The error when building and trying to run the project on the iOS simulator
When you’ve followed the plugin steps, there are two problems preventing you from running this smoothly for now.
What follows below are the two fixes needed to get Xamarin.Auth working for your solution.
You need to enable the app to use the keychain as follows:
- In Visual Studio for Mac, double click Entitlements.plist in your file inspector
- scroll down to the Keychain item and select “Enable Keychain” this will add the “Keychain Access Groups” value to the plist.
This was an easy one to fix, right?
The Entitlements.plist is present when you create a Xamarin.Forms application, and can be found in the .iOS project’s root.
The problem, however, is that by default, this entitlement file isn’t included into the simulator build target.
And we need the simulator to run and check how our app operates at the simplest level, at least. It would ruin the workflow for thousands of Xamarin developers if there wouldn’t be a way around it, right?
The steps to fix this are as follows:
- In Visual Studio for Mac, double click the .iOS project
- Select iOS Bundle Signing
- Verify that you’ve selected the Debug Configuration for the iPhoneSimulator platform
- Set the value Entitlements.plist as value for the Custom Entitlements input field
Now, your entitlements file will be packed together with the debug build for iPhone Simulator targets and work as expected.
There is a comment for a related issue in the GitHub repo indicating you should add an environment variable named “ENTITLEMENTS_REQUIRED” with the value “yes” in order for the project to generate the entitlement file without packing the one already in your project.
This might be because the original entitlements file might be packed with more sensitive stuff which you don’t want to be saved on your harddisk and in simulator versions all over the place. I’m still checking into this option though.
As I’m writing this blog post I’ve been sniffing at another alternative (created by James Montemagno and the Xamarin team), called Xamarin Essentials: Secure Storage.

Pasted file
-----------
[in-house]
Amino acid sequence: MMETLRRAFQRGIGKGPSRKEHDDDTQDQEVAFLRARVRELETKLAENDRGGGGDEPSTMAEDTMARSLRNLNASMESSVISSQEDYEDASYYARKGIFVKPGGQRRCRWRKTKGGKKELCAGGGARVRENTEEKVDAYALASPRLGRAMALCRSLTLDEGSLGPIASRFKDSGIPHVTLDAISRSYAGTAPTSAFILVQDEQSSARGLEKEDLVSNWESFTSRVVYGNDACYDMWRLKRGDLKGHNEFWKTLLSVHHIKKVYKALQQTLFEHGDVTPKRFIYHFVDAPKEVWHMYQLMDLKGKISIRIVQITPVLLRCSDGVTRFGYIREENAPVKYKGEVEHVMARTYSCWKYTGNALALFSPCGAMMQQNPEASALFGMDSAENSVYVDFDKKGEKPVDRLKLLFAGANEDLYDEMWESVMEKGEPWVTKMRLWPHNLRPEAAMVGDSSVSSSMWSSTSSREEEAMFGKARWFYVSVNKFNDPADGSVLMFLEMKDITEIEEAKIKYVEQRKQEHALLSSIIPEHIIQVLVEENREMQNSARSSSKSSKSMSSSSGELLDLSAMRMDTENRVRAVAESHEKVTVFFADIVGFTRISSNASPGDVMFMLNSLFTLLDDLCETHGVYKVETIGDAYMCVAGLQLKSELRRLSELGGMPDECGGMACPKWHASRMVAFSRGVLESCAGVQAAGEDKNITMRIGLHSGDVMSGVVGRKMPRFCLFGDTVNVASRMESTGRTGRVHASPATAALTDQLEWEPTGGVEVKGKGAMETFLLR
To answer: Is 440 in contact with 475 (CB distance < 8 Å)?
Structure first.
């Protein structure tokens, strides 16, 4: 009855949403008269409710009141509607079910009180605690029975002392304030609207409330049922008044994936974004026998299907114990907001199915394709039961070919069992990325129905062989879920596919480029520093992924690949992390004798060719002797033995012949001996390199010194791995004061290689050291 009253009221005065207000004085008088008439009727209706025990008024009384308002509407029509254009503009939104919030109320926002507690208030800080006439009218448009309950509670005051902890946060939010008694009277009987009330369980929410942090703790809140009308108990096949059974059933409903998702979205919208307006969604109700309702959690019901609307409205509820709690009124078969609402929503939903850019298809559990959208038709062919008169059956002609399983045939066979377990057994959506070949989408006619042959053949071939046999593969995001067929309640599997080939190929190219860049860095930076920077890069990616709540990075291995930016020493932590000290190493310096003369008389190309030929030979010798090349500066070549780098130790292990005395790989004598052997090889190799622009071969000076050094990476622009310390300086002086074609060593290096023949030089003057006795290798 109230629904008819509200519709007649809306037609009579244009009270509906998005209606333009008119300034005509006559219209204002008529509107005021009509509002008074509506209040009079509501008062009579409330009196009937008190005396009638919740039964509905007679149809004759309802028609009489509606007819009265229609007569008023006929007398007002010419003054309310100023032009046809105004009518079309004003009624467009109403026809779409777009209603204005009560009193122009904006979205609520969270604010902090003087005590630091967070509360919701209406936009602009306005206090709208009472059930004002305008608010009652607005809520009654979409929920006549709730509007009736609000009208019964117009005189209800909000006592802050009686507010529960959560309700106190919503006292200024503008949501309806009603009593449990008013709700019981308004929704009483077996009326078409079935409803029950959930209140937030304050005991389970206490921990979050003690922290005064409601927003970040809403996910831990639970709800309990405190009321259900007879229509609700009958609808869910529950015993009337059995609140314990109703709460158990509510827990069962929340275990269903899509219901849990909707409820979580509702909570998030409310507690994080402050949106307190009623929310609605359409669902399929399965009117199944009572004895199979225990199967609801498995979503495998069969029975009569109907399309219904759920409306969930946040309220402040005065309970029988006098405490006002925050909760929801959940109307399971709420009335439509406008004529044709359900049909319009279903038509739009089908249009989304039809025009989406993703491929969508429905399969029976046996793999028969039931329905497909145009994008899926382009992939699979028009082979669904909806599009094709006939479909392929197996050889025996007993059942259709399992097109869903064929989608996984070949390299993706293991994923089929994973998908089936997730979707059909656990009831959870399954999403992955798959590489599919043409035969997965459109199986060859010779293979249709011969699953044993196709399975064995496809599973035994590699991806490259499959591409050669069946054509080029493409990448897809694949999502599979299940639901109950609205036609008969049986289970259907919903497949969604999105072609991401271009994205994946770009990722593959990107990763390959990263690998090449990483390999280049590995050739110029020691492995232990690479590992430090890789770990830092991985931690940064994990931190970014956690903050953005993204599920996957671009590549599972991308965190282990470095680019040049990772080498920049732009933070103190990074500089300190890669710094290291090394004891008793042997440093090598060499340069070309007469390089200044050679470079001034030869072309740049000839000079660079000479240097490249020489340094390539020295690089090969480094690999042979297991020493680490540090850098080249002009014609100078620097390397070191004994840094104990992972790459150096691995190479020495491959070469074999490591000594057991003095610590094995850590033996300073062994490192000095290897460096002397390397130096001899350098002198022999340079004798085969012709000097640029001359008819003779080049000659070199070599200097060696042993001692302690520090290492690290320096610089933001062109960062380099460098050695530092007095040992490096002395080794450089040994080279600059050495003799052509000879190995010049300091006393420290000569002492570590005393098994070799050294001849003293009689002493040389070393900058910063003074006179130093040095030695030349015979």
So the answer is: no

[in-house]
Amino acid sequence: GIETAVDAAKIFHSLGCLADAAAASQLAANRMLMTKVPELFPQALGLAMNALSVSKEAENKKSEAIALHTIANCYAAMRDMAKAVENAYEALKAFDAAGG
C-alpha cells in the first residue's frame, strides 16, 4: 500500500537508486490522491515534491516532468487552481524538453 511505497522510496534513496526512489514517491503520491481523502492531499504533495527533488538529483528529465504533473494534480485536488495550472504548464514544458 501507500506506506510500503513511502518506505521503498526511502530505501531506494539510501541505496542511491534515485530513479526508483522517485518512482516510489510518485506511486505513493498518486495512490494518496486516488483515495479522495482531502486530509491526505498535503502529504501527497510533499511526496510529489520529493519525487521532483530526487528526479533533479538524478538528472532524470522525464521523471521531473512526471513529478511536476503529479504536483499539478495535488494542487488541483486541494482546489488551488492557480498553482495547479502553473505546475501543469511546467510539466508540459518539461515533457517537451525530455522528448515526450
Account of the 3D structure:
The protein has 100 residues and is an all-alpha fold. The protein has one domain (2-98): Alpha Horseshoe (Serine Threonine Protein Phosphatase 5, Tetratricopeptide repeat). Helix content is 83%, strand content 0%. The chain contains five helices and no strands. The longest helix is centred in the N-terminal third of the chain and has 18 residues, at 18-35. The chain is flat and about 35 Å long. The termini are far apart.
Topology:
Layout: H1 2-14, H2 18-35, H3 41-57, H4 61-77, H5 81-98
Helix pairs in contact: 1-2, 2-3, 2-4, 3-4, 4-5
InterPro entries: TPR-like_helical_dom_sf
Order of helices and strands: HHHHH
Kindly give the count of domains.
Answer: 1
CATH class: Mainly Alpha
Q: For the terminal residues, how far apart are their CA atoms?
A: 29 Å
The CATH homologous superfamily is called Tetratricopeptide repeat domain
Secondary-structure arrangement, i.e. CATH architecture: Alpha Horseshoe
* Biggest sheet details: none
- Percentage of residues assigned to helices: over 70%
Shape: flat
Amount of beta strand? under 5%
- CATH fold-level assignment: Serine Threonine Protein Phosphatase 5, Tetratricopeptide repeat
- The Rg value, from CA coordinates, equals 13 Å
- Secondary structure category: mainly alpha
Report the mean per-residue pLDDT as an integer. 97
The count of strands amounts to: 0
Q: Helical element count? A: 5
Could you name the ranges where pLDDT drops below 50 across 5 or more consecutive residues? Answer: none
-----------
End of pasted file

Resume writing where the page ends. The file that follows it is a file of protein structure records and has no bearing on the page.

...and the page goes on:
Xamarin Essentials is a packaged set of tools, that evolved out of the cross-platform needs of Xamarin developers. If you will, it’s a bouquet of plugins that have been optimized to use the same API interfacing, enjoy great documentation and seems to be the better implementation.
You can check out the formal Microsoft documentation here:
Xamarin Essentials: Secure Storage documentation
As it appears, it uses the same principles for safe storage as the Xamarin.Auth plugin.
As indicated, Xamarin Essentials is a package bundle that bears a lot of functionality. One of those pieces is Secure Storage.
Although the Essentials package comes as ONE NuGet package, it is implemented Linker Safe. What does that mean for the size of your application?
The repo’s FAQ page explains it best:
We built Essentials to be Linker Safe, which means if you only use ONE feature that is the ONLY feature that will be added to your app. The rest will be linked away and even works with Link All Assemblies. Source: The Xamarin Essentials FAQ page
One advantage that was immediately visible in the documentation and code for this secure storage implementation is that it is also stored encrypted and utilizes a secure way to ensure you need to unlock the device and/or enter the application to get to the stored value.
There you have it.
Two ways to make sure that passwords, tokens or other small pieces of sensitive data can be securely stored on the device.
Keep in mind that, in the end, nothing digital is un-hackable. But saving data using the native mobile platform’s best practices is the minimum effort that a mobile developer should implement.
Thanks for reading and keep it safe ✌🏻
This post was also posted on www.eekay.nl